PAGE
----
The Electric Future and the Resistance of Petrolheads

The Electric Future and the Resistance of Petrolheads

As the world steadily moves towards a greener future, the push for electric vehicles (EVs) has never been more potent. Governments worldwide, including the Philippines, are working to promote the adoption of EVs, hoping to make a dent in the global carbon emissions. However, this transition has been met with a certain level of resistance, particularly from old-school car aficionados who remain loyal to the roar of their engines and the smell of burning fuel.

Petrolheads, those who appreciate the sound, power, and visceral experience of a combustion engine, have valid reasons for their resistance towards EVs. The engine sound, the precise gear shifts, and the exhaust notes all create a sensory experience that is unmatched for them. It's not just about getting from point A to point B; it's about the emotional connection and the thrill that comes with driving a fuel-powered car.

The resistance against EVs is not unfounded. To these enthusiasts, cars are more than just a mode of transportation, but a passion - and electric vehicles, with their quiet efficiency and digital interfaces, just don't seem to cut it. Moreover, practical concerns, such as the sparse EV charging infrastructure and the high upfront costs of EVs, pose significant hurdles for potential buyers.

A particular concern that is often overlooked is the issue of battery life and replacement costs. EV batteries, like those in your smartphones and laptops, degrade over time. Once past their warranty period, replacing these batteries can be an extremely costly affair, which is a serious consideration for potential EV buyers. This issue is even more pertinent in countries like the Philippines where the average income may not accommodate such sudden, high expenses. Although the prices of EVs have been decreasing, they are still relatively more expensive than their traditional counterparts. For many Filipinos, the high upfront cost of an EV is a deterrent.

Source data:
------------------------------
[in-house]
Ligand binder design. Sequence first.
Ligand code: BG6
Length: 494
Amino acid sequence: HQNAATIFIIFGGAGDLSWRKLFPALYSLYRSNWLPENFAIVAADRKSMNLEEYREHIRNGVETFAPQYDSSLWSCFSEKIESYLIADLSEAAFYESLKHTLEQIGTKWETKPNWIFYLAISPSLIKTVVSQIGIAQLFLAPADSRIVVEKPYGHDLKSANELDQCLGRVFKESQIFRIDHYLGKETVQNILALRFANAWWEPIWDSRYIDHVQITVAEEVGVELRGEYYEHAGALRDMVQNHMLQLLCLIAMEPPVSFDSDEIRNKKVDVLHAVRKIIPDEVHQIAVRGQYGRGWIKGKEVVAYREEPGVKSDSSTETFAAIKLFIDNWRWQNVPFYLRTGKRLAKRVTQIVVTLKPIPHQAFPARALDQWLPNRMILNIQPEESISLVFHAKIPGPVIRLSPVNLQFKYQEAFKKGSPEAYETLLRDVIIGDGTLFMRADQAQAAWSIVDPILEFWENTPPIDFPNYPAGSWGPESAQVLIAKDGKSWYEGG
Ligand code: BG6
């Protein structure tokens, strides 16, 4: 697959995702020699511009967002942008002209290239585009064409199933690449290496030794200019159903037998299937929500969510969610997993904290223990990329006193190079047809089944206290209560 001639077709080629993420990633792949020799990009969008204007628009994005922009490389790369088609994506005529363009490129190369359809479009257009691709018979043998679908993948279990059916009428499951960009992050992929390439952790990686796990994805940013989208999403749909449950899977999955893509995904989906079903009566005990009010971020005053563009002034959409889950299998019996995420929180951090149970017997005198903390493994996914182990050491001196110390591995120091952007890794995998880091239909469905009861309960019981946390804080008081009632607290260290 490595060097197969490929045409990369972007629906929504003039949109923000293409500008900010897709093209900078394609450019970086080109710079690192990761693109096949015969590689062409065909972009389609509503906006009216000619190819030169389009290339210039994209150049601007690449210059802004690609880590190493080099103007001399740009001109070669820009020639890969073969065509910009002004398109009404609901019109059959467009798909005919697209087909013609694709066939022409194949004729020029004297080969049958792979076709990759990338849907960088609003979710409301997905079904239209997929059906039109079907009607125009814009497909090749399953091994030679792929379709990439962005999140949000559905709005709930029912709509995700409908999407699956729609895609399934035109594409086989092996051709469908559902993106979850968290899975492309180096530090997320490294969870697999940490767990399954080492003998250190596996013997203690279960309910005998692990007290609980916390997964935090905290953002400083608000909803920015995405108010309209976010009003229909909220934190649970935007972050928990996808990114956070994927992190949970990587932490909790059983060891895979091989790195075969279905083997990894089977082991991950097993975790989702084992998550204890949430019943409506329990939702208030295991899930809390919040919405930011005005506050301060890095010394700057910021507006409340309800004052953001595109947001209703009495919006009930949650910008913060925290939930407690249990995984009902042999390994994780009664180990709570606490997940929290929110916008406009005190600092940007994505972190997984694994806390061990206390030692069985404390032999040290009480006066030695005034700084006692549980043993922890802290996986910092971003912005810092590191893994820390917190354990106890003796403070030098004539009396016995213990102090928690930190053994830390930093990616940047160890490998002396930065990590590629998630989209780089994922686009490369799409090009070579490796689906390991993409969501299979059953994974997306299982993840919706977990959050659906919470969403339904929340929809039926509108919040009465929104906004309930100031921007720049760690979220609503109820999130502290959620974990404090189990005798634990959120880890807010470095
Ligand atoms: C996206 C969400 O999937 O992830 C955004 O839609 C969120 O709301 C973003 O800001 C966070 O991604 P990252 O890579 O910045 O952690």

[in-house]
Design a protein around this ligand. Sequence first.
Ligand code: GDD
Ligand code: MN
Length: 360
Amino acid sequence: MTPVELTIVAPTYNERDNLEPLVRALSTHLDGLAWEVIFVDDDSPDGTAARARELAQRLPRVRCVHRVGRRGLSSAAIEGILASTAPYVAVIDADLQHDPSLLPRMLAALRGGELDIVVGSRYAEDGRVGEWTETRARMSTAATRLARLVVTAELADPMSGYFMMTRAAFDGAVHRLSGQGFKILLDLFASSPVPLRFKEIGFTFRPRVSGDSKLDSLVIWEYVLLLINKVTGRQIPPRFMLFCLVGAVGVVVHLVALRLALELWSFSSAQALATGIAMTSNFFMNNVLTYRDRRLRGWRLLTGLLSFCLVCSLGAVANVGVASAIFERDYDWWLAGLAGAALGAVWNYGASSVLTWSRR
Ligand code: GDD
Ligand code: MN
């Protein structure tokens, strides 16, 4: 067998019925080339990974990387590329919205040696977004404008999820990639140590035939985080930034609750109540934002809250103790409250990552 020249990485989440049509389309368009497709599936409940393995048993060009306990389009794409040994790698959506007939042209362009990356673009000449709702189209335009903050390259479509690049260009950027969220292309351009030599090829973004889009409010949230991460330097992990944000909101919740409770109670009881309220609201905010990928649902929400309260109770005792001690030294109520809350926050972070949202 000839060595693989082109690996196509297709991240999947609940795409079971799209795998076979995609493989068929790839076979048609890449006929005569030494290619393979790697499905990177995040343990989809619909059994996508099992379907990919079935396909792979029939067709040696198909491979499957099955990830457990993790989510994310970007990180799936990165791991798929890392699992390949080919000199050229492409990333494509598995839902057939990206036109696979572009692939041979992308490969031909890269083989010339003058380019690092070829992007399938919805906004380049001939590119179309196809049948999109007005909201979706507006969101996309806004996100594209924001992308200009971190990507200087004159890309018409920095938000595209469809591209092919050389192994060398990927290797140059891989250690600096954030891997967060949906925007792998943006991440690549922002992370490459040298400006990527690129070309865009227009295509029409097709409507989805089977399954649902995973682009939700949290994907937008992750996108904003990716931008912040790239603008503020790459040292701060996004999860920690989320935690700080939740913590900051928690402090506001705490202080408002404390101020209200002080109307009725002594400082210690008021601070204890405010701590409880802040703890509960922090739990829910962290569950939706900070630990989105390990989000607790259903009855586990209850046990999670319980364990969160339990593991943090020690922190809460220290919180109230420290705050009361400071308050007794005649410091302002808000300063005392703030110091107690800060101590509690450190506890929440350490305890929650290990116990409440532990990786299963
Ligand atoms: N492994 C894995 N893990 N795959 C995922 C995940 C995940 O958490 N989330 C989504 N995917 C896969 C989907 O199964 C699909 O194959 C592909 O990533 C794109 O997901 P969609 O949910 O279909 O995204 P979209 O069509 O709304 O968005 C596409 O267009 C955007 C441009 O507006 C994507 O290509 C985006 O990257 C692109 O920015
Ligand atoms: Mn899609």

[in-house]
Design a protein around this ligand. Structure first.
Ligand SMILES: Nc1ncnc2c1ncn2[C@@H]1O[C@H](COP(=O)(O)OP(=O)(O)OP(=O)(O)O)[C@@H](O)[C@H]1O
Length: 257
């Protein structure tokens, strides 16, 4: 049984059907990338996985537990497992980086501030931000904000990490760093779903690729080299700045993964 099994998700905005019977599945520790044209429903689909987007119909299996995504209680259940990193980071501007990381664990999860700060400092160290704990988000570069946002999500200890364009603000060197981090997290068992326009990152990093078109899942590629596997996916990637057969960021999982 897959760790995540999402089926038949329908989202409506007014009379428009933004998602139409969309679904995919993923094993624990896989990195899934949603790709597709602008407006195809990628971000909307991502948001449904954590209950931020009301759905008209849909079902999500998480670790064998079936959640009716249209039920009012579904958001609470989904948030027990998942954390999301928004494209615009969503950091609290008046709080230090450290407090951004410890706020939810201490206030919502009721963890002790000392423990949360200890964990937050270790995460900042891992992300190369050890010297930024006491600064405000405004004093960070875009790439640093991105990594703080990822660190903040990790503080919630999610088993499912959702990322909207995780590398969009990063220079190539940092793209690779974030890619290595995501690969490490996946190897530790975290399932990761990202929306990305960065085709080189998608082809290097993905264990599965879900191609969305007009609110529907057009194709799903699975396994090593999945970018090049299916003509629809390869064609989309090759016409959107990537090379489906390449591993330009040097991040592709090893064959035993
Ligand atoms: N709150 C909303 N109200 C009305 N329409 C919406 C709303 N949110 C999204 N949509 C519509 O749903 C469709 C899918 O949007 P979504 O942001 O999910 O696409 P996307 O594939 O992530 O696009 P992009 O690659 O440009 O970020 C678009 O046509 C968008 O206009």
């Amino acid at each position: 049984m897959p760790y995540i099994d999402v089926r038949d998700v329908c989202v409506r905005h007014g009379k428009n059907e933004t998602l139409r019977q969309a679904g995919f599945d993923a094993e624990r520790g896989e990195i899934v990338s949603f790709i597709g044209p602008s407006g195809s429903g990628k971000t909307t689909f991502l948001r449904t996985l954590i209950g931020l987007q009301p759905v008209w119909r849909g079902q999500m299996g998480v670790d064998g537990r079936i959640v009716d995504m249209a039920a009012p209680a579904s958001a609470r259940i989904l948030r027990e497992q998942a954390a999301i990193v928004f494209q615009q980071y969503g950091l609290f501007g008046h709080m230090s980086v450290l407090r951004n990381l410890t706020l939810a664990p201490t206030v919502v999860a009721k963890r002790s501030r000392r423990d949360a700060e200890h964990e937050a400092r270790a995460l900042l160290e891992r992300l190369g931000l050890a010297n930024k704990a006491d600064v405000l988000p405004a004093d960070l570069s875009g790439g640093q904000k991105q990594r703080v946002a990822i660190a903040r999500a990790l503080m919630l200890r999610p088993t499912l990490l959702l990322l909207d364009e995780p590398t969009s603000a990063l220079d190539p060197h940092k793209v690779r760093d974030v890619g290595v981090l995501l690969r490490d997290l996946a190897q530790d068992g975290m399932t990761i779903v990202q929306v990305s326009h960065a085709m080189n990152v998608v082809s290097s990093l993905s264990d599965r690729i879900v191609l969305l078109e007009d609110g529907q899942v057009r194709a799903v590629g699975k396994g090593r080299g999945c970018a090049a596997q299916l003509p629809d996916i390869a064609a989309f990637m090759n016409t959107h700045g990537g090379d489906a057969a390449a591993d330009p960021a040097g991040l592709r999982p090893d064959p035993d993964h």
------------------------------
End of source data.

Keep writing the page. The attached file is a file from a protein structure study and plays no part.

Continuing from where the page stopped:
In our country, the government has provided incentives for EV and hybrid unit buyers by exempting these vehicles from the coding scheme. While well-intentioned, many motorists have raised eyebrows at this policy, seeing the exemption as a form of favoritism rather than an effective solution to the country's traffic woes.

The transition to EVs also poses practical concerns. The infrastructure for charging ports in the Philippines remains sparse and underdeveloped. With the limited driving range of most EVs, the worry of running out of power mid-journey is a real concern for potential buyers. This "range anxiety" is exacerbated by the lack of a comprehensive and reliable network of charging stations across the country at present time.

Adding fuel to the fire is the ongoing debate about whether electric vehicles are indeed as green as they are touted to be. Critics point out that the production of lithium-ion batteries, which power most EVs, involves mining and processing of materials that have significant environmental impacts. This raises questions about the overall environmental footprint of electric vehicles, particularly when considering the full life-cycle emissions from production to disposal.

Despite these valid concerns, it's important to remember that no solution is perfect from the outset. The transition to electric vehicles is a work in progress. Technological advancements are continually improving battery life and reducing production impacts. In time, we could see the development of more environmentally friendly battery technologies, and the establishment of recycling programs to manage spent batteries.

Moreover, the push for electric vehicles is not just about technological advancement but also about environmental sustainability. While it's true that EV production has an environmental impact, studies have shown that over their lifecycle, electric vehicles can still significantly reduce carbon emissions compared to their gasoline-powered counterparts, especially as more of our electricity comes from renewable sources.

The love for traditional gasoline and diesel engines remains strong in the Philippines, and it's unlikely to disappear overnight. However, as we weigh the visceral thrill of exhaust notes against the urgent need to reduce carbon emissions, perhaps we can find a middle ground. With continued technological advancements, improved infrastructure, effective policy incentives, and greater understanding of the true environmental impact of our choices, the road to a sustainable future may not be as far off as it seems.

In the end, the love for cars, whether electric or gasoline-powered, is rooted in the freedom and joy of the open road. As we drive into a new era, it is hoped that the resistance against electric vehicles will lessen, and a harmonious coexistence between the old and new will emerge.


Kuya J Pelayo IV is a Kapampangan broadcast journalist. For comments and suggestions, e-mail at


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